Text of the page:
Bureaucratus should reconsider comments about downsizing

I would like to comment about some points that Bureaucratus made in his July 22 column about federal downsizing.

~~A net of about 225 000 positions have been eliminated by the Clinton administration's downsizing efforts. It is true that about two-thirds of them have been at the Defense Department in large part because DOD is the largest federal agency. The department has downsized by about 16 percent. A number of non-DOD agencies have had similar or greater reductions including the departments of Housing and Urban Development (13.7 percent) and Labor (13 percent) as well as the General Services Administration (23.6 percent) NASA (15.2 percent) and the Office of Personnel Management (38.5 percent). The cutbacks at DOD while significant are not out of line with those at other agencies.

~~Bureaucratus says he is not sure how the General Accounting Office reached the conclusion that buyouts enable agencies to downsize without disproportionate cutbacks among women and minorities. The reason is simple: Buyouts tend to go to older more senior workers largely white males where-as reductions in force affect mostly younger workers who are more likely to be women or minorities. Bureaucratus himself makes this point elsewhere when he notes that "RIF rules tend to favor senior employees at the expense of junior employees."

~~The fact that women and minorities have not been unduly harmed by the buyouts is supported by statistics on federal work force. In 1984 women made up 39.8 percent of the work force in 1995 they were 42.9 percent of it. Similarly in 1984 minorities made up 25.1 percent of the work force last year they were 28.5 percent.

~~In his column Bureaucratus writes: "We don't know how agencies have structured their buyouts. Did they target only certain slots or were all employees eligible?"

~ ~In fact the National Performance Review urged that downsizing target unneeded layers of supervisors and this has been done. The number of supervisory and management control personnel has been cut by more than 45 000.

~~Bureaucratus is wrong when he suggests that attrition alone could meet downsizing goals. Attrition reduces the number of employees but attrition among employees with critically needed skills disrupts productivity and impairs service delivery.

~~To meet downsizing goals agencies must target reductions to positions that are less critical. RIFs are the traditional way to target reduction but buyouts - similarly targeted - are a better way. Buyouts are less expensive and less disruptive.

~~I hope that Bureaucratus will look more closely at the facts and correct his statements which misrepresented a successful downsizing program.~~Mary Lou Lindholm~Assistant Director for Employment~Office of Personnel Management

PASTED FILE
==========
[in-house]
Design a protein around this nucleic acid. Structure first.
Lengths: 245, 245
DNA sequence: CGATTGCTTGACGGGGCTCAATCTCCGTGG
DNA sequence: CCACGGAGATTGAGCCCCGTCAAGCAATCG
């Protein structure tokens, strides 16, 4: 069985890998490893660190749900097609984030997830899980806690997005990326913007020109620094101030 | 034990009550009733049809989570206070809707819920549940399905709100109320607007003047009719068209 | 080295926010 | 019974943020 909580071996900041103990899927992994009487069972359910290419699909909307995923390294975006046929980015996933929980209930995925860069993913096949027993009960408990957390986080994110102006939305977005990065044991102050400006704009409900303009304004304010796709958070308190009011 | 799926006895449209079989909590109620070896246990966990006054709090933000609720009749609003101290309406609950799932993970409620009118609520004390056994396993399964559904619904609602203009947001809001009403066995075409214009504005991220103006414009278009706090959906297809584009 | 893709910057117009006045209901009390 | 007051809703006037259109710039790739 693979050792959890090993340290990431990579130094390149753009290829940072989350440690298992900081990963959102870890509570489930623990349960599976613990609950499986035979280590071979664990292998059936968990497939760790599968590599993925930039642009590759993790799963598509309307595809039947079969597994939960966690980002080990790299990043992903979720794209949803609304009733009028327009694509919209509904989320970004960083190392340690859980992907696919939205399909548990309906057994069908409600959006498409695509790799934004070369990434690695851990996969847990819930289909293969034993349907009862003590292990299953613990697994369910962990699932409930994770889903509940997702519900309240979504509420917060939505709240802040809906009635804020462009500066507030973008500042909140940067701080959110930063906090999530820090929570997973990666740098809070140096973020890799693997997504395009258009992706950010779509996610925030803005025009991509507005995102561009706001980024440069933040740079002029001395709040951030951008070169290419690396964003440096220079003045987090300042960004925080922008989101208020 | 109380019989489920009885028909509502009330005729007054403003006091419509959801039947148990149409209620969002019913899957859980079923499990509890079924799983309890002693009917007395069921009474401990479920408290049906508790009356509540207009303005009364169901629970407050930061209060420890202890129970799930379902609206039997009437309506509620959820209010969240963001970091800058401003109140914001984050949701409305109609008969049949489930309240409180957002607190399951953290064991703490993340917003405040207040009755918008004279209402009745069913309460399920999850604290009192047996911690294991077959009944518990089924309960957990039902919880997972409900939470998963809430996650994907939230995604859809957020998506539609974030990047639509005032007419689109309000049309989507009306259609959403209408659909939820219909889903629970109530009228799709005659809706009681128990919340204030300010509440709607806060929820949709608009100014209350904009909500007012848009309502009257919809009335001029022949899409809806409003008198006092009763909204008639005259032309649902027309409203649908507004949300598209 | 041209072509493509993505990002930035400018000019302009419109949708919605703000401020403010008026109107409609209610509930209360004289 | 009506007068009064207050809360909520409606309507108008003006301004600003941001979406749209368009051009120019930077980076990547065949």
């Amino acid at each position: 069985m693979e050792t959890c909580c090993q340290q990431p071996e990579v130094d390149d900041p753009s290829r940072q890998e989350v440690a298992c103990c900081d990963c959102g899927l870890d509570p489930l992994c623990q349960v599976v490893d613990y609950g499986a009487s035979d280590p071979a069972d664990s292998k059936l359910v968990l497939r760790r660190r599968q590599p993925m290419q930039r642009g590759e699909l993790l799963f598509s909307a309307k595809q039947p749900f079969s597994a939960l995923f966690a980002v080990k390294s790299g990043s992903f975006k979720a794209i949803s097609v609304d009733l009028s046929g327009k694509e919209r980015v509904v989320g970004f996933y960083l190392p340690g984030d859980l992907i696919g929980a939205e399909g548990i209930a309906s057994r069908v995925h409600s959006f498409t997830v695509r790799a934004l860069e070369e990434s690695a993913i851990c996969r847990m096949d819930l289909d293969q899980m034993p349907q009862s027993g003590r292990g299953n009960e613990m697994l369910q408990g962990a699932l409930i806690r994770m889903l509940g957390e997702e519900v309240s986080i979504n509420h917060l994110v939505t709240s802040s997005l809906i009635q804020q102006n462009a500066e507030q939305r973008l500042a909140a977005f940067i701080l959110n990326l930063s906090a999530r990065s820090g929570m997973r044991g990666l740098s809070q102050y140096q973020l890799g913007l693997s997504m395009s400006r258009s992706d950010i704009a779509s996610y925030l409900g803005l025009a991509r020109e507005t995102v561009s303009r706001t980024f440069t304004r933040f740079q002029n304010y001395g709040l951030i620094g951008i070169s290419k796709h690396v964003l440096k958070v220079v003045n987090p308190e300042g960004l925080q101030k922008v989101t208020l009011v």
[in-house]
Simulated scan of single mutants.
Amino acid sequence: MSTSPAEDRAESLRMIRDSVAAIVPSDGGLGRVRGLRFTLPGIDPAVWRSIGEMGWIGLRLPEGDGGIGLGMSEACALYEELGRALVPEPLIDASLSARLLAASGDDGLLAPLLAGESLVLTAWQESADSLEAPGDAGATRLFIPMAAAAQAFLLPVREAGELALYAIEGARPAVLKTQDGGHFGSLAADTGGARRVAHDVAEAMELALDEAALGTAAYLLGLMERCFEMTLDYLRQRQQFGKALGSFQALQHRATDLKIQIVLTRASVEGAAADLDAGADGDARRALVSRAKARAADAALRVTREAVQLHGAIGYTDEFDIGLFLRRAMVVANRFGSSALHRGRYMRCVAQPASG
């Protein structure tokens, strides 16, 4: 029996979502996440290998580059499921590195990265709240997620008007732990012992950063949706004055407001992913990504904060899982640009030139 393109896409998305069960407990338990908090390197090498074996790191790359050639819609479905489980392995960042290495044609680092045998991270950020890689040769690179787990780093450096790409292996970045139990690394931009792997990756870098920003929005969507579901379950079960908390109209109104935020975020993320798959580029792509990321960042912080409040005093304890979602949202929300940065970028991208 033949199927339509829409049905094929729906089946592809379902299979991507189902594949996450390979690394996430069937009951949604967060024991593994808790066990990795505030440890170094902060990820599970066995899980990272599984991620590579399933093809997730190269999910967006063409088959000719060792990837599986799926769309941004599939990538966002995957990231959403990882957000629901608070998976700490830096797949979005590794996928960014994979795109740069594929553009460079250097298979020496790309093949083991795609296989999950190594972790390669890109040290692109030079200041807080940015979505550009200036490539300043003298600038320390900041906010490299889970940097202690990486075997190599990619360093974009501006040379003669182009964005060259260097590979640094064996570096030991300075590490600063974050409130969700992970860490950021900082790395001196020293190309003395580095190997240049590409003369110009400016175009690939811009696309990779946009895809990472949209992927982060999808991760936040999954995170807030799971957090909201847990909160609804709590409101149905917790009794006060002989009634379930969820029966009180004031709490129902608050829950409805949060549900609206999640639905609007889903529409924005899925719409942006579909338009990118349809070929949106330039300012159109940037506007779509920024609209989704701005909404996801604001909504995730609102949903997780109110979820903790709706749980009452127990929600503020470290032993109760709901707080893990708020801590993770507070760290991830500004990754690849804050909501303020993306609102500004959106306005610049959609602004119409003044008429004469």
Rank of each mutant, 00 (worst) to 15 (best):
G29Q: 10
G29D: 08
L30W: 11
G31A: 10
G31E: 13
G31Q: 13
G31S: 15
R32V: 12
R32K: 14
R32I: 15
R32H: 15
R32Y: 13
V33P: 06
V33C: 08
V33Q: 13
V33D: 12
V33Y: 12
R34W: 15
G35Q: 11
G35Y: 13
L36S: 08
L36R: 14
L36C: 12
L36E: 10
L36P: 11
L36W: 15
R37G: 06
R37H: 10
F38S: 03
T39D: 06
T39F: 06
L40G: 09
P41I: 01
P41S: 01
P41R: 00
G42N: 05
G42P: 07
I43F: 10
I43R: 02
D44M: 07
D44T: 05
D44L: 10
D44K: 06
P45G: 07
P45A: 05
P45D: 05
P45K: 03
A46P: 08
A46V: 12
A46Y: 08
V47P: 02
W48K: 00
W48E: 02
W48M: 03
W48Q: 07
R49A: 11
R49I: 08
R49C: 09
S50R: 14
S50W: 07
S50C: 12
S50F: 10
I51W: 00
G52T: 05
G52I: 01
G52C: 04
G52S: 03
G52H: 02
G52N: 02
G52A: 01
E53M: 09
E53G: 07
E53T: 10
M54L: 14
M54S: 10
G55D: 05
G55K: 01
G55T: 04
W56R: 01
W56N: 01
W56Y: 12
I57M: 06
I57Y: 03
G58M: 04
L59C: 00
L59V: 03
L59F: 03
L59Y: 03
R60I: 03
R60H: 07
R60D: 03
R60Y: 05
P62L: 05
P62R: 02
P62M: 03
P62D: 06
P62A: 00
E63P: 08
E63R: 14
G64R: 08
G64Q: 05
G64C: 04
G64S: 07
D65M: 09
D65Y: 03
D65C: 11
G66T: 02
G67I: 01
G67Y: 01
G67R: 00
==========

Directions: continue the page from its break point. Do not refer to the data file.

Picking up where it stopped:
~~Bureaucratus responds: I do not support a buyout policy that favors women and minority workers at the expense of senior employees who have the most experience. That doesn't make sense. We should encourage those workers we need least to leave government through the use of buyouts.

~~According to GAO attrition seems to be doing the job of shrinking the government work force raising the question of whether we need buyouts at all. In any event there is no evidence to support the contention that federal downsizing policy has produced the current mix of women and minority workers. OPM compares two years 1984 and 1995. Since buyouts are relatively recent in origin the comparison is meaningless.

~~OPM claims the number of management-control and supervisory personnel has been reduced. In my column I point out that reducing management-control personnel is a bad thing and runs counter to the goals of the Federal Managers Financial Integrity Act.

~~OPM seems to delight in weakening management controls. That is a very shortsighted view.~OPM further claims that attrition can result in the loss of critical skills.

~~I would think that buyouts which as OPM concedes tend to attract senior employees would produce a great loss of critical skills.

~~Attrition occurs when employees seek greener pastures. If OPM is concerned about losing critical employees it should make it more attractive for feds to continue working for Uncle Sam.

~~OPM says agencies should target their buyouts. I agree. So does GAO. So does the chairman of the House Government Reform and Oversight Subcommittee on the Civil Service.

~~The evidence seems to be that agencies have not targeted their buyouts. In fact they've encouraged individuals who could retire (and therefore have lots of useful experience) to wait for a buyout and then retire. What's the advantage of this approach? How do agencies or taxpayers benefit?

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